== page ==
Understanding the Responses to Charlie Hebdo, part 1

My World Religions class is an elective course, which gives us a chance to stray when the world provides us with “teachable moments.” As a result, this blog gets a chance to stray once in a while as well. Below is a summary of the lesson I developed about the Charlie Hebdo attacks–it’s long, so feel free to skip around (or bypass altogether!).

Rationale

In the responses to the Charlie Hebdo attacks and the controversy a bit closer to home at Duke University just a week later, I saw an opportunity to connect my students with the news around them and also to get them thinking about how they could contribute to the conversations about these events. The terrorist attacks on Charlie Hebdo and the controversy at Duke over using the university bell-tower for a Muslim call to prayer were only loosely related by religion, but both events prompted a bewildering array of media commentary. In regards to Charlie Hebdo, I was somewhat fascinated as various hashtags, used to show solidarity, spread quickly across social media. When I read about the situation at Duke, I was appalled by some of the comments I saw posted. As I thought about how to implement discussions about these events in my own classroom, I realized that my goals were to build understanding of the variety of responses to said events and to help students develop their own opinions while navigating the sea of information and editorializing that is out there.

In the course of developing these lessons I also came across this blogpost by Emma Pierson on women’s comments on online media sites. To sum up briefly: women are far less likely to comment in online forums. Reading the post continued to make me think about the question of whether online forums are truly a meaningful place for debate and/or how we could make them into more thoughtful centers for discussion. So much of my students’ worlds are online now—how can we get them to think critically not only about big media, produced and delivered by such giants Fox News and the New York Times, but little media too: the comments and tweets that they write, read, and repost oh-so-regularly? Pierson rightfully links the reluctance to contribute online to a reluctance to speak in classrooms during childhood and adolescence, and suggests advocating for “speaking up as an act of leadership:  a way to advance a cause worth caring about.” Pierson’s follow-up recommendations include not only encouraging women to speak up more, but for men to “talk less.” While I did not overtly discuss the gender dynamics of this in my classroom (we’ll save that for another lesson!), I think the concept of thinking more carefully before engaging in discussions, both online and in real life, would benefit many of my students, while others could certainly be encouraged to let go of fears about the imperfections of their contributions. Reading Pierson’s piece shifted my lesson to include direct and explicit conversations about the tone and format of our debates about complex issues.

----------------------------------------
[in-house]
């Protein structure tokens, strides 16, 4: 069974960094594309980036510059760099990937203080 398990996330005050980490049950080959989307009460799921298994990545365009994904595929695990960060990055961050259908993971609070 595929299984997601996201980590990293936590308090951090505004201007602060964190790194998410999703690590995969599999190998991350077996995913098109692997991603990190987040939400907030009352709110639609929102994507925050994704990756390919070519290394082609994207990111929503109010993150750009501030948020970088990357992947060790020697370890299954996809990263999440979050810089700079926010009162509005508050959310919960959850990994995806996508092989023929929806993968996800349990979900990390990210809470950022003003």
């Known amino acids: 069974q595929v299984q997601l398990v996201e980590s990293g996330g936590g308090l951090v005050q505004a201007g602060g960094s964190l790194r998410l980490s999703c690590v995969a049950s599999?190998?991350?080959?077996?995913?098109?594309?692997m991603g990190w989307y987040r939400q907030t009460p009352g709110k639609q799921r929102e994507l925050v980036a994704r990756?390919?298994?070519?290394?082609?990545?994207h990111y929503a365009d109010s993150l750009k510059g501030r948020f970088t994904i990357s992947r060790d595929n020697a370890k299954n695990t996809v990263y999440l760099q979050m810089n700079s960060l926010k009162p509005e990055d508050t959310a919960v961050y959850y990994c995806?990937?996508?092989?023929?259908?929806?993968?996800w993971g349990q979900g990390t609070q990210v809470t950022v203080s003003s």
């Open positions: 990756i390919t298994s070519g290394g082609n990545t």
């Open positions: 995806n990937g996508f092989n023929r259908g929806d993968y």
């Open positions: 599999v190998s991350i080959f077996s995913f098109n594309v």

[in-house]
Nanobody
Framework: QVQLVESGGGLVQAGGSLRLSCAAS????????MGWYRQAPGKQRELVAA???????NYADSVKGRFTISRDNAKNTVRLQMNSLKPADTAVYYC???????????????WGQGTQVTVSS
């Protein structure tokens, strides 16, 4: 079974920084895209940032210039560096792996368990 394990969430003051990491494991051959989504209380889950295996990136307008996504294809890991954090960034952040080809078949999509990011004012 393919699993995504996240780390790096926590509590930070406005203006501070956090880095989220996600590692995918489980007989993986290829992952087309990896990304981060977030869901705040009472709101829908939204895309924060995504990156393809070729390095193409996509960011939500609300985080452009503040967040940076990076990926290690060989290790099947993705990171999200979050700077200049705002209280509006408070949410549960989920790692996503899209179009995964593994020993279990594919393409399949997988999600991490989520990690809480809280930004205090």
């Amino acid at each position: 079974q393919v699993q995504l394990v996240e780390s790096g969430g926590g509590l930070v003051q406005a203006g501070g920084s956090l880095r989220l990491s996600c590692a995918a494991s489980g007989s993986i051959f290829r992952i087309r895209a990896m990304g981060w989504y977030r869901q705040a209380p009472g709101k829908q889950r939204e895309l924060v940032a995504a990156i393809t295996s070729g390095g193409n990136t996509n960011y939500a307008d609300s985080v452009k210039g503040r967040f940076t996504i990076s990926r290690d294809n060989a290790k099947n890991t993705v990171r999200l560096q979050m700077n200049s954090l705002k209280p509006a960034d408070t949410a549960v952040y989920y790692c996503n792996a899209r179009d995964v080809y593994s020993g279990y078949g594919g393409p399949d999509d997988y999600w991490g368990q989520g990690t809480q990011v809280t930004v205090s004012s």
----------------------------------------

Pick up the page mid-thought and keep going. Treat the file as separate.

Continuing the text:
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Teaching about Charlie Hebdo and Terrorism

I’d like to take a few class periods next week to talk about the attack on Charlie Hebdo and the many questions it brings up about satire, religious extremism, tolerance and bigotry in Europe, and more. My student teacher has been teaching the past few weeks, so we could not hit it immediately, but I have a break in the curriculum coming up and would like to investigate the topic while it’s still fresh. If one of the goals of this course is to prepare students to understand world events and the impact that religion has on them, it seems pretty important to tackle this act of terrorism and the circumstances surrounding them.